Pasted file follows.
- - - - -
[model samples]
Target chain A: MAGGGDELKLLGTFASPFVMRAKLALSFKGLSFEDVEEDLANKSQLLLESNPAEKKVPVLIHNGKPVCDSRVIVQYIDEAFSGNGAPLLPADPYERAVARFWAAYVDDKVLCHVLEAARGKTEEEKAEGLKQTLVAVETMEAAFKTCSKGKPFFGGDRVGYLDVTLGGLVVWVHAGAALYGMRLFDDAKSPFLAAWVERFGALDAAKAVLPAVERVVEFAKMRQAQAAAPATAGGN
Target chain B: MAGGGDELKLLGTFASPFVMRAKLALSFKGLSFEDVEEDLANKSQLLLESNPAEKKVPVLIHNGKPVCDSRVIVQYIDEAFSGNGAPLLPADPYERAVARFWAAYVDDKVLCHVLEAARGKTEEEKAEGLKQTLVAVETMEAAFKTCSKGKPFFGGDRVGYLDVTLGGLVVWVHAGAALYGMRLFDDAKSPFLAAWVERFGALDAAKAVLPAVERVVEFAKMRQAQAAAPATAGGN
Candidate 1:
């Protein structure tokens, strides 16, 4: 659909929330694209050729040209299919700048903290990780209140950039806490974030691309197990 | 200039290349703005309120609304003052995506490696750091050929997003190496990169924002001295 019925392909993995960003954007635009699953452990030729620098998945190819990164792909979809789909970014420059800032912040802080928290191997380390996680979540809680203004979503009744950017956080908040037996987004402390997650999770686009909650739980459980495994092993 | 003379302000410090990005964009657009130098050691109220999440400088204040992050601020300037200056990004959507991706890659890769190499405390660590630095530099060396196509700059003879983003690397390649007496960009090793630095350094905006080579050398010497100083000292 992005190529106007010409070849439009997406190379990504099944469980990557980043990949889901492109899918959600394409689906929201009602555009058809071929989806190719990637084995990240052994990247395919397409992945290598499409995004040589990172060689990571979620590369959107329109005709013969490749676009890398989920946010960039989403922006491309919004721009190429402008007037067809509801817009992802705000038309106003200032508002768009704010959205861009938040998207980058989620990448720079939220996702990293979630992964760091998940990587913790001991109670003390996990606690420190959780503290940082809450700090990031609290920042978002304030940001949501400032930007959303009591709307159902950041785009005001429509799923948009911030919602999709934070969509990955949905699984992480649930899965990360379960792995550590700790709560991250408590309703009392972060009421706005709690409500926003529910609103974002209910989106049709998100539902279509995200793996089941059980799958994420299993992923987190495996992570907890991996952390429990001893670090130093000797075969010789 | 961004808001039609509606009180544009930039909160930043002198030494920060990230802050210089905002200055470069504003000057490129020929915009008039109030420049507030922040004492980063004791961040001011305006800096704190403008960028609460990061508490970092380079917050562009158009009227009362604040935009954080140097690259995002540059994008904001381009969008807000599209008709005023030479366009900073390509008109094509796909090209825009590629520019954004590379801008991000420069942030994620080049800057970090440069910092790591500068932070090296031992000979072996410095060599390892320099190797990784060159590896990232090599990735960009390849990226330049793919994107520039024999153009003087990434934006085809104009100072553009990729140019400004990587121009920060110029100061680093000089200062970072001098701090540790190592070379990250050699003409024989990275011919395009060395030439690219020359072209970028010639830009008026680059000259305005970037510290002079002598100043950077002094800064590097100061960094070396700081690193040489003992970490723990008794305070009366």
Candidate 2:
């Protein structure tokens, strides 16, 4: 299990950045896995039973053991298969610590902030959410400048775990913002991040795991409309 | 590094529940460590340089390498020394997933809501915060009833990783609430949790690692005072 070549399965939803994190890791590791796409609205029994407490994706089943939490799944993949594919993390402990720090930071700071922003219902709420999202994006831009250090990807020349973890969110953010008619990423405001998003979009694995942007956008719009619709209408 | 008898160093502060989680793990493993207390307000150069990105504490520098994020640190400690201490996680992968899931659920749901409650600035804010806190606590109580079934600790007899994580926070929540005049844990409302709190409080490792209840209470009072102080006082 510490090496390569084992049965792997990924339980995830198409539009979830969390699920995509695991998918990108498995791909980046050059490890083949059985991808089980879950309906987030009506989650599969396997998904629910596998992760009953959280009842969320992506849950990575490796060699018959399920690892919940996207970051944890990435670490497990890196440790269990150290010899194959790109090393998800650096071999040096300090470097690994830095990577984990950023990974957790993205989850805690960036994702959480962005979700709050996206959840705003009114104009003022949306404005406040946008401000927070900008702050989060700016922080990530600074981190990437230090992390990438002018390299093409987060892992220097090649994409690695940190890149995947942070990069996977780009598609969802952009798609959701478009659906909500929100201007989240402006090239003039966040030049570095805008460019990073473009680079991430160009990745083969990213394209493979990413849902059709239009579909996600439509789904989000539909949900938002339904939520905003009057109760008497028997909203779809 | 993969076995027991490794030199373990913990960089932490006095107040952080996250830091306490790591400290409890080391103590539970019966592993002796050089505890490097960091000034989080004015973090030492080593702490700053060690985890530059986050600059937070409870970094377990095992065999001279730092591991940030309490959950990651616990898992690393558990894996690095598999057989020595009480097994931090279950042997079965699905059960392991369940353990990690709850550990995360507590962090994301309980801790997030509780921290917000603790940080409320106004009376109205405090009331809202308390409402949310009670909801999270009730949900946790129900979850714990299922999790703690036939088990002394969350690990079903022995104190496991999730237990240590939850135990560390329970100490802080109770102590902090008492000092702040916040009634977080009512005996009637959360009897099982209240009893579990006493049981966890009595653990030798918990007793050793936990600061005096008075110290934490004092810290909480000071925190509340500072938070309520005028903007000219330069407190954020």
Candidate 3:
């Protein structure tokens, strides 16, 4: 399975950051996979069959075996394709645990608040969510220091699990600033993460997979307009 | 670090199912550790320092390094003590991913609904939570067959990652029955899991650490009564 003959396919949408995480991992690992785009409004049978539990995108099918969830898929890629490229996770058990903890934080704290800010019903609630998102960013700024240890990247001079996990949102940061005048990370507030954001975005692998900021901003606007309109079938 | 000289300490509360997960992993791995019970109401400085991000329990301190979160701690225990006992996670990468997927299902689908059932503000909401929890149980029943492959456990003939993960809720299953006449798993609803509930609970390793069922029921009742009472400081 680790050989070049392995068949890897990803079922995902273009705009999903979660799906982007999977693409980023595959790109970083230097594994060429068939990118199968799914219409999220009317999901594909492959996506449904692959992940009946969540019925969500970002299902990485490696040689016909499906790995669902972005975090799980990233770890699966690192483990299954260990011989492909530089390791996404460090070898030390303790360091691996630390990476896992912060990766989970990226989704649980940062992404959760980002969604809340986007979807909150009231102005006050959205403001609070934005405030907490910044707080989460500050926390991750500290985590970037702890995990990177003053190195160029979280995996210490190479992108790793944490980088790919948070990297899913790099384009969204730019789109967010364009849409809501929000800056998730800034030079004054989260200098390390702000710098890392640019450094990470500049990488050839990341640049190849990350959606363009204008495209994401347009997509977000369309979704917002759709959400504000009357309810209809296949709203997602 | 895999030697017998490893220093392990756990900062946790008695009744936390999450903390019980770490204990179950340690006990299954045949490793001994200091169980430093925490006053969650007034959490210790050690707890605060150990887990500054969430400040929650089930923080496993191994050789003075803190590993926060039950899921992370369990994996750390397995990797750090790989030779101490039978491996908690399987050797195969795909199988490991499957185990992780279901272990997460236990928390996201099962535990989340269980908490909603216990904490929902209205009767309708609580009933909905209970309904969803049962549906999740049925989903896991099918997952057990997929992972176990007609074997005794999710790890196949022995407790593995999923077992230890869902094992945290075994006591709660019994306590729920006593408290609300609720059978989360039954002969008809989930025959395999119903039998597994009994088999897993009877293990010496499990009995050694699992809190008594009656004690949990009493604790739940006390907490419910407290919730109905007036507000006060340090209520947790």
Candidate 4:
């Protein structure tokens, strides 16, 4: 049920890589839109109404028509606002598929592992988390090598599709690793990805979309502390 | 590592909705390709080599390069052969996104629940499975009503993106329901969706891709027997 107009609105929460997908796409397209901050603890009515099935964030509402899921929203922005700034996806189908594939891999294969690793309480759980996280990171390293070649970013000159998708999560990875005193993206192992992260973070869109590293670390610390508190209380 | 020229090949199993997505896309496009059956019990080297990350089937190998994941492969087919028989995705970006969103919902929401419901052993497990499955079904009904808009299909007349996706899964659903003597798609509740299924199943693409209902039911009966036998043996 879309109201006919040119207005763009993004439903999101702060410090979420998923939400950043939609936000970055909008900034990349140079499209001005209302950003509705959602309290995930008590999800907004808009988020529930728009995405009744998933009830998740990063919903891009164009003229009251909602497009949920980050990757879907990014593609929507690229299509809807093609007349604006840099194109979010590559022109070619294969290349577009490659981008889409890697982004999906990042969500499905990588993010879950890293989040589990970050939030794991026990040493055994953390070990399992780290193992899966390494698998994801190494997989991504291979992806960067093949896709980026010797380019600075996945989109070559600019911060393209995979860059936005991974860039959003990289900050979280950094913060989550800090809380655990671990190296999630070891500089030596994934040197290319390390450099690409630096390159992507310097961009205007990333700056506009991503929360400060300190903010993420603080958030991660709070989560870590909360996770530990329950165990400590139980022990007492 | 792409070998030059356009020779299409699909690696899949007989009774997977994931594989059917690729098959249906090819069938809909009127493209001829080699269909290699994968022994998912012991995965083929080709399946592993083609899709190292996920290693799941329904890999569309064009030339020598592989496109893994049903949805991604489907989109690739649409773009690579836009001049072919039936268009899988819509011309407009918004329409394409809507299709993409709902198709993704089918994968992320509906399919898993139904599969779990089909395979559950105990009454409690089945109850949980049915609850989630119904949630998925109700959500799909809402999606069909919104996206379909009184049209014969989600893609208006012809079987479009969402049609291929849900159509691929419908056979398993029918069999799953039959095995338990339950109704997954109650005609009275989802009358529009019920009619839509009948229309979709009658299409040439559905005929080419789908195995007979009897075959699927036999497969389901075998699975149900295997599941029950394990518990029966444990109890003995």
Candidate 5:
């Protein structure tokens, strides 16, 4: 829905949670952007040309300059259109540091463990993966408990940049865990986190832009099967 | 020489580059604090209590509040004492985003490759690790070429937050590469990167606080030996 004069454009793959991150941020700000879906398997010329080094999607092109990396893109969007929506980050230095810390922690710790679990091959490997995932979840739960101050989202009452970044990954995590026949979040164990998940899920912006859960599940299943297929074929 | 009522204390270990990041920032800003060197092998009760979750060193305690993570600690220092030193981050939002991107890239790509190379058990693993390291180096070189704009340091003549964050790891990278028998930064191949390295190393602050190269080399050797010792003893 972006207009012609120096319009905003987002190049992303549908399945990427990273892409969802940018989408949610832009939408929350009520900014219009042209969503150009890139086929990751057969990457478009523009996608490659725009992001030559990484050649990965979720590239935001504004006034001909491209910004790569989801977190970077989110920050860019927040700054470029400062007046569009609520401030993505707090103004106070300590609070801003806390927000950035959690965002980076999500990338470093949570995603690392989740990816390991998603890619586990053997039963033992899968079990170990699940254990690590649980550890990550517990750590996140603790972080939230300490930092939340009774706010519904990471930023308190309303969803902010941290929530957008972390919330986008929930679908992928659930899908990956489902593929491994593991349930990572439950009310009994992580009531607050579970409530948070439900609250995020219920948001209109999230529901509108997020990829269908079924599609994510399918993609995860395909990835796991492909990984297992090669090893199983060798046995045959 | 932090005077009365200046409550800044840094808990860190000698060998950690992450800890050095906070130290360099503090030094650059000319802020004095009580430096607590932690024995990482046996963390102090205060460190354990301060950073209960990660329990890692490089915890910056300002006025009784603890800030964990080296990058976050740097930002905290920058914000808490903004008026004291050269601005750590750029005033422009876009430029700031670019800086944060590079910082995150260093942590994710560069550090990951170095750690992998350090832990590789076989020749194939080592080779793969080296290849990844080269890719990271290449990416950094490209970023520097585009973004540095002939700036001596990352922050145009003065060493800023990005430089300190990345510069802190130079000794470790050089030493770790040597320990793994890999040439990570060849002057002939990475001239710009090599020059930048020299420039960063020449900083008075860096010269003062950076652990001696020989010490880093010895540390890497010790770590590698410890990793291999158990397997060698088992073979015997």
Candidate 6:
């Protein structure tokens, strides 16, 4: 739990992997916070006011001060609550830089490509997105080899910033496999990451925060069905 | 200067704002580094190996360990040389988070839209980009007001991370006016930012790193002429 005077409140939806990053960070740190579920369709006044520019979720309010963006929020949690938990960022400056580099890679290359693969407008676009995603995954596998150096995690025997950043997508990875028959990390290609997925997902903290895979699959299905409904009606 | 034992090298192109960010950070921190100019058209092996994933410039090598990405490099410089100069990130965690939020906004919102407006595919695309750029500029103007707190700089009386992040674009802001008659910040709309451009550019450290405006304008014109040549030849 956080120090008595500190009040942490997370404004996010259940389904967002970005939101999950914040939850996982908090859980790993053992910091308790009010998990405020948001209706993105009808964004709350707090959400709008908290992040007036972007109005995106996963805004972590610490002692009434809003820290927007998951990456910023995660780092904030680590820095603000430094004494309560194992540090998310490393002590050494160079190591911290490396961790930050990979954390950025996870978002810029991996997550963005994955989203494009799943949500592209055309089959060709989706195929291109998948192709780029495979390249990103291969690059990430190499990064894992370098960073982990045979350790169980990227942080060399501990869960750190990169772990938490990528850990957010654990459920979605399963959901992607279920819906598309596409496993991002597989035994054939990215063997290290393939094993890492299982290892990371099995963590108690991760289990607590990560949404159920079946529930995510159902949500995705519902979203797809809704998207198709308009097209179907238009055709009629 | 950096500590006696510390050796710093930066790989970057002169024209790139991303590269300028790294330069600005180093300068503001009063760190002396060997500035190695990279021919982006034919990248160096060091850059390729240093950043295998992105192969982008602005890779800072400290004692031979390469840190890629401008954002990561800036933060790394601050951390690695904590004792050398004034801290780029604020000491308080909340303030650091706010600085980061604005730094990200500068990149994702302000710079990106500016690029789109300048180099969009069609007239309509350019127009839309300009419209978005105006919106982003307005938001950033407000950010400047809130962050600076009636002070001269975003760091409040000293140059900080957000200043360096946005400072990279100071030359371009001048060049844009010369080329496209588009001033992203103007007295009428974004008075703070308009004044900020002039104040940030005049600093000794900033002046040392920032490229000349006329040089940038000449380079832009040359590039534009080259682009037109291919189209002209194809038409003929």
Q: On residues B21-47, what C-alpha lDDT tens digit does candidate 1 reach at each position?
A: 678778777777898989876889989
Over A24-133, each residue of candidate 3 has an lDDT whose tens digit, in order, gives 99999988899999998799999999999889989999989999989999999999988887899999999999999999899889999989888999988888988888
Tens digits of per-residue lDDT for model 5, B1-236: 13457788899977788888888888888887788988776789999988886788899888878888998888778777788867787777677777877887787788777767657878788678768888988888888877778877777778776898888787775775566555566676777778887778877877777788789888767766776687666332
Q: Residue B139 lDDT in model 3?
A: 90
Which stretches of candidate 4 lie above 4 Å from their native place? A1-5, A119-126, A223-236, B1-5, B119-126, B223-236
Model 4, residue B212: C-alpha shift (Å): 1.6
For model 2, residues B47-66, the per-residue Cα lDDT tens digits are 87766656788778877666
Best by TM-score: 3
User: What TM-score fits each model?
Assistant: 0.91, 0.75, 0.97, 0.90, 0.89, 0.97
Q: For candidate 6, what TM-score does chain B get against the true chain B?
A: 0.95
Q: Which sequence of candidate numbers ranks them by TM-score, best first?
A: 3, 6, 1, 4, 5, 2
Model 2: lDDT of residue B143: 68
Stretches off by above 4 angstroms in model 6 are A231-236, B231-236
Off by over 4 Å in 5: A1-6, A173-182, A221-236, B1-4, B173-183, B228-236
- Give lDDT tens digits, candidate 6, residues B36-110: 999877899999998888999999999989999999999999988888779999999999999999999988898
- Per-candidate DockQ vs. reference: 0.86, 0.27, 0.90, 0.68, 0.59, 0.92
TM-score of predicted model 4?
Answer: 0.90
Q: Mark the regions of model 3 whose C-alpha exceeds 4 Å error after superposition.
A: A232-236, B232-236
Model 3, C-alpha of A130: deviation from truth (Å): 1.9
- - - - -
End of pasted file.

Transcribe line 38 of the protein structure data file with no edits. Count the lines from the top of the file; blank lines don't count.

Answer: 0.90